November 15th, 2013
As the $6.5 million improvement construction continues in the greater downtown area, we would like you to know that the Julia Street businesses are open and encourage you to visit them. read more
It’s Wednesday, August 27 and 5:50am in Downtown New Orleans.
On Tuesday, March 19, five startup enterprises will make their best "pitch" at the inaugural "Downtown NOLA Arts-Based Business Pitch" presented by the Downtown Development District. The competition is part of the New Orleans Entrepreneur Week, scheduled for Saturday, March 16-Friday, March 22.
The DDD and its partners, including Corporate Realty, Jones Walker, Postlethwaite & Netterville APAC, Creative Alliance of New Orleans (CANO), Louisiana Cultural Economy Foundation (LCEF), Barrios, Kingsdorf & Casteix, LLP and Wisznia & Associates, will award a prize package of seed capital and pro bono legal, accounting, PR, and real estate services valued at $25,000.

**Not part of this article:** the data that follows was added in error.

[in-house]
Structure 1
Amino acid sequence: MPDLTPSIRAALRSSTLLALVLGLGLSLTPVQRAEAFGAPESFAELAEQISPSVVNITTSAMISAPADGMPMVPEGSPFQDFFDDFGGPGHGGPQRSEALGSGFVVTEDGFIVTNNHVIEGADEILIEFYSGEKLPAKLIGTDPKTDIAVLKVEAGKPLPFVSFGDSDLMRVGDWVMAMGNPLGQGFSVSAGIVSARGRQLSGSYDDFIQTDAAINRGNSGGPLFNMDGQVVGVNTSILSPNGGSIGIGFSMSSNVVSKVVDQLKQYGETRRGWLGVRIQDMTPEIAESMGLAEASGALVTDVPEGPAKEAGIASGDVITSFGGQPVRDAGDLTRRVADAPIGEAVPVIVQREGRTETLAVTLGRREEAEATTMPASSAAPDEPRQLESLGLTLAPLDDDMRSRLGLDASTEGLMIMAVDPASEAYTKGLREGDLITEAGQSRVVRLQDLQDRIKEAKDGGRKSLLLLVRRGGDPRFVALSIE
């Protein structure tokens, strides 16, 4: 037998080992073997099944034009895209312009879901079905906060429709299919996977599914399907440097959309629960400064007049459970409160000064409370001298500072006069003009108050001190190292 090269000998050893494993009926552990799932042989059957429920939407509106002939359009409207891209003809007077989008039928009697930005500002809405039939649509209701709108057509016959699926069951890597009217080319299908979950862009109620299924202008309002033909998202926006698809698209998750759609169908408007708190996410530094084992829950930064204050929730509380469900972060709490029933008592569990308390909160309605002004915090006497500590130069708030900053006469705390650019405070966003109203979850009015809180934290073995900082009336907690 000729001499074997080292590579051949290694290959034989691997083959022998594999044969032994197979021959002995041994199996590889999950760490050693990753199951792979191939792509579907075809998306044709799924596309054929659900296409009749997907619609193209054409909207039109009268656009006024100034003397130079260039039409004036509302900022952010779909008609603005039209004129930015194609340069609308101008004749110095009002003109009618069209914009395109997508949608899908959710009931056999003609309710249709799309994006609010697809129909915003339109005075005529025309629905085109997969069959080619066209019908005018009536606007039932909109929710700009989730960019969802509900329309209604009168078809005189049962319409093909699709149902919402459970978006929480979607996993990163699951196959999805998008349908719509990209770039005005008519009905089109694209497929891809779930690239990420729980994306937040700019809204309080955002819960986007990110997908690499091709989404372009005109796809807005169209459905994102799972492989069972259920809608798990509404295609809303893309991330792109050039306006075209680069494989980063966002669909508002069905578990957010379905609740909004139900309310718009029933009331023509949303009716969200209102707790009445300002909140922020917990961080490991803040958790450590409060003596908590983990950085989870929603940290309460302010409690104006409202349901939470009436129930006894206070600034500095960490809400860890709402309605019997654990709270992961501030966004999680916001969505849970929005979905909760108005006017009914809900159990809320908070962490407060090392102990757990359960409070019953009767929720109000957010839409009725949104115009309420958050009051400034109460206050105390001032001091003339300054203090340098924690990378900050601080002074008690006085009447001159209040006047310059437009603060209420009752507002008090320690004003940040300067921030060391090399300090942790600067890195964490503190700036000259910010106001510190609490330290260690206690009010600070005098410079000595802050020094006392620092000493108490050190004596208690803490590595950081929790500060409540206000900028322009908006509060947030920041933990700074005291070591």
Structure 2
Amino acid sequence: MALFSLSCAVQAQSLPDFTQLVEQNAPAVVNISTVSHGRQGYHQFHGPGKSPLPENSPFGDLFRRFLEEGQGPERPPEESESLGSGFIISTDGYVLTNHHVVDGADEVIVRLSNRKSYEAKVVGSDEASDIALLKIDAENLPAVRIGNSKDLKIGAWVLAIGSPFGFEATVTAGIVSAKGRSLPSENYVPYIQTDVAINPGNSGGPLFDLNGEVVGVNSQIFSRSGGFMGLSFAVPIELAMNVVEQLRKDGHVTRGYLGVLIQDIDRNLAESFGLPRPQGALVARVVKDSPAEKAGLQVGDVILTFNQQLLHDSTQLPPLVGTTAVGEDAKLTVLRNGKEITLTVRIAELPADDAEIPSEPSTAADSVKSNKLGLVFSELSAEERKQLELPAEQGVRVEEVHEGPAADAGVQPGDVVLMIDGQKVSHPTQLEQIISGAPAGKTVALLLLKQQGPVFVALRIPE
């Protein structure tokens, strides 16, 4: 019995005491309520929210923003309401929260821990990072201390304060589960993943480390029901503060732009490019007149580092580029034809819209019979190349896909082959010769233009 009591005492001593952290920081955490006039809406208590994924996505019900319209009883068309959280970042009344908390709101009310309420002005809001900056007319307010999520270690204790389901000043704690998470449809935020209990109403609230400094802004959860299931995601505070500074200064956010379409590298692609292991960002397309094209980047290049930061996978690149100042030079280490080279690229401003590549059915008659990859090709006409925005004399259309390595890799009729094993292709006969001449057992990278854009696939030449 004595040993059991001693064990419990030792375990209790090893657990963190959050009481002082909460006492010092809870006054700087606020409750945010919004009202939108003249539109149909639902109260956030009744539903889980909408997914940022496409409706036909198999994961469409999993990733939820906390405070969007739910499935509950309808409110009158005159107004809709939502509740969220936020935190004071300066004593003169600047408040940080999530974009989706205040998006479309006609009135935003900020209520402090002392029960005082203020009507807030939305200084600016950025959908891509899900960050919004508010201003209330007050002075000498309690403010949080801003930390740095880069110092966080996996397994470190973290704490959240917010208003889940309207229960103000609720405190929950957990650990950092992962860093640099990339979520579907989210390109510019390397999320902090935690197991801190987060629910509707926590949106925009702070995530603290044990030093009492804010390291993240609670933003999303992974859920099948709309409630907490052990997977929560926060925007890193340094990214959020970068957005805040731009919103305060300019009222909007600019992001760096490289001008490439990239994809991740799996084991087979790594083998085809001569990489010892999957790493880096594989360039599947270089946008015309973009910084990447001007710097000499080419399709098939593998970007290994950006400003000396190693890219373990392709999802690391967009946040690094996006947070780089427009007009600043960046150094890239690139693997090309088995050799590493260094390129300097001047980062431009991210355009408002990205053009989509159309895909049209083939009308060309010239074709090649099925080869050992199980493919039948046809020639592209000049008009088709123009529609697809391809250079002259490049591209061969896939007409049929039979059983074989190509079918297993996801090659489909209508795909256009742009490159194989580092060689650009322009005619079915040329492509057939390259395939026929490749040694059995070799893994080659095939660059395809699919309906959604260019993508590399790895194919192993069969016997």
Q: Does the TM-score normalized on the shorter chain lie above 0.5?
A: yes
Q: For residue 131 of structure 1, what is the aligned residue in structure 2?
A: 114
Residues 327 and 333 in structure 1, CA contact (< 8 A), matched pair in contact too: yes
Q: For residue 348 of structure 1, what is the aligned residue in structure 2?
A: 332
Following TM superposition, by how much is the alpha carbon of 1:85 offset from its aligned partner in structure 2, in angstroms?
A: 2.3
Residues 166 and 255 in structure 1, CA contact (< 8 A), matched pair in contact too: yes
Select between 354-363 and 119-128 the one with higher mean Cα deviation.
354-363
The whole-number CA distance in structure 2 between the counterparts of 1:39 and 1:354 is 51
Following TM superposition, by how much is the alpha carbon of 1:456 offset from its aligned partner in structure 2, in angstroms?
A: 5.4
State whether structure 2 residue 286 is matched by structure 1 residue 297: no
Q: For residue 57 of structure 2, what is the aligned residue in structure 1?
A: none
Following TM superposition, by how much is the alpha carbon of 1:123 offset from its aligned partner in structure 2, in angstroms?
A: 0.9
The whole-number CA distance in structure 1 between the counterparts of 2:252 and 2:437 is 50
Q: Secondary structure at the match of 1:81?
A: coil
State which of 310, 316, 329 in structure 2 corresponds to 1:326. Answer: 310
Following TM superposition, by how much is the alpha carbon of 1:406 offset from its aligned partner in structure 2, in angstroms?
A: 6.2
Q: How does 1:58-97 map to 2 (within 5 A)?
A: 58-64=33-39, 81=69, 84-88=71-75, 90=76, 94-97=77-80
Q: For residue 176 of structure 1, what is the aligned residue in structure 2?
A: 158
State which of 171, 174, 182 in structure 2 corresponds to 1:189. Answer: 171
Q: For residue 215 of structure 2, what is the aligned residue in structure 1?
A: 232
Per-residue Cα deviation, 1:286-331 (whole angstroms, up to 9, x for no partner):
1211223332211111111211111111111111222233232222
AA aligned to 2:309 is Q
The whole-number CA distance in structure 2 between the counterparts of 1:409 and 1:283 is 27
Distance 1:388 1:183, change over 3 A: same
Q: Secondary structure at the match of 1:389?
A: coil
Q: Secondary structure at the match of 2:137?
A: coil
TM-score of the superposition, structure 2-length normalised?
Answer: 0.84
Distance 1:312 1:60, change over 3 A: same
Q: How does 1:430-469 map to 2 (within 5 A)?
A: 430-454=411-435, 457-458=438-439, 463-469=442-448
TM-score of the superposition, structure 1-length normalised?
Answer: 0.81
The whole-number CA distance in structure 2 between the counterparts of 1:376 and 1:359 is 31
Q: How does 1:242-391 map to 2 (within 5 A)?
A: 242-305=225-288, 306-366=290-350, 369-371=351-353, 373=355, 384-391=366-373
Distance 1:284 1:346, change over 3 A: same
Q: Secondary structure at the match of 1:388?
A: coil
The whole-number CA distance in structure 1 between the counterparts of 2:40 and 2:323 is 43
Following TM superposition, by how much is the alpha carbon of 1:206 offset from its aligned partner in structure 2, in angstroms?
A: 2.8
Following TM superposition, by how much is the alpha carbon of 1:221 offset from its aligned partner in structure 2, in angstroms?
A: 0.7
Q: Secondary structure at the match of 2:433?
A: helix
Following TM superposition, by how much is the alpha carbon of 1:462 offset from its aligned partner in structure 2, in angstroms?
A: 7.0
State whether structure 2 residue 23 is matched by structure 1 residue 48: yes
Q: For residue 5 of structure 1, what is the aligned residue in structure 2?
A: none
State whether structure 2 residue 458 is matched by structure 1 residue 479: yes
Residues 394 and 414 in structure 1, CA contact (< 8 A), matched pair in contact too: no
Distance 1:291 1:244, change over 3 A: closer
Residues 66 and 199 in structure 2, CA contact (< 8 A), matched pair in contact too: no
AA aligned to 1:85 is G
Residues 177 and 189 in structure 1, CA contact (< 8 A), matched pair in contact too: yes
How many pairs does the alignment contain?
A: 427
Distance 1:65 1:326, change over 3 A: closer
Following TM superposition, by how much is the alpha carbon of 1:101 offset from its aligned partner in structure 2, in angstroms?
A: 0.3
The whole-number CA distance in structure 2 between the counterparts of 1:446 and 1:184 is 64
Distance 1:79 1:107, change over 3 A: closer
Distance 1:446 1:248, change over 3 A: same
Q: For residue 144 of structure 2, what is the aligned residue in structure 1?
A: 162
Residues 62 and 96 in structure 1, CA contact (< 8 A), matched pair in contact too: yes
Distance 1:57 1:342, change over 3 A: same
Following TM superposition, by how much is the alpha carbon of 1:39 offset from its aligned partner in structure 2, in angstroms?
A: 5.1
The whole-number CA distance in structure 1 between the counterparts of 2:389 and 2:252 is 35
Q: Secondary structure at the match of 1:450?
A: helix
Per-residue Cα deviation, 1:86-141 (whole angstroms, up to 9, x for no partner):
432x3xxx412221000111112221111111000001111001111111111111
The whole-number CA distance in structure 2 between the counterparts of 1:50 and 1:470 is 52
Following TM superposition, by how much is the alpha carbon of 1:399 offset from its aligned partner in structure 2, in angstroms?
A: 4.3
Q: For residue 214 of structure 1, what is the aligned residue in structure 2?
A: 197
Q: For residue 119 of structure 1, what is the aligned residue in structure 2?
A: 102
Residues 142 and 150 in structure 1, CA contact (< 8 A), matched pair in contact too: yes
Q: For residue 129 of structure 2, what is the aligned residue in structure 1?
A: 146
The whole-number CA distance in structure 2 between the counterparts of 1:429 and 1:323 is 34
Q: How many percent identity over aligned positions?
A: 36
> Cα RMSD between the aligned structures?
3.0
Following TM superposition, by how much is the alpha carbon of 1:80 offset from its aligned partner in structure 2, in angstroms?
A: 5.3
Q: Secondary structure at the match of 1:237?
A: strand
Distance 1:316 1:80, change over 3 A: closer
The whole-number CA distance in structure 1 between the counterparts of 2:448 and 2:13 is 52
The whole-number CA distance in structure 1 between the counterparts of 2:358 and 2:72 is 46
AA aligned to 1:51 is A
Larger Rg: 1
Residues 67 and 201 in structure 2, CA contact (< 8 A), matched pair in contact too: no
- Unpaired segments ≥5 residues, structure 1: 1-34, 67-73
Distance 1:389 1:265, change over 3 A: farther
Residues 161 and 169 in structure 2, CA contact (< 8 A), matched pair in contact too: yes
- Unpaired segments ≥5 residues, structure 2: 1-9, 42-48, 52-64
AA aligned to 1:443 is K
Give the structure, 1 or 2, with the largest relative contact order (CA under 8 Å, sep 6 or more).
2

"Downtown New Orleans is fast becoming a hub of creativity and entrepreneurship, and the DDD wants to foster an environment for artists and innovative businesses to grow and prosper," said President & CEO Kurt Weigle. "This competition is an opportunity to help an arts-based business move forward."
Space is limited, please register HERE to attend the completion.
Downtown's Arts District is home to 18 art galleries and 5 museums.
New Orleans ranked in top 10 "Next Cities" of the best places to live and work for young professionals Next Generation Consulting
Downtown welcomes approximately 120,000 people on a given week-day, enough to make it the fourth largest city in Louisiana
New Orleans tops New Geography's list of "America's Biggest Brain Magnets" NewGeography.com
New Orleans ranked #1 Top Cities for Information Jobs in the U.S. Forbes
Downtown is a collage of 8 distinct neighborhoods that includes 4 historic districts.
New Orleans ranked #1 Most Improved on "Best Cities for Business" Wall Street Journal Marketwatch
New Orleans listed as 1 of 5 safe havens to ride out the recession Christian Science Monitor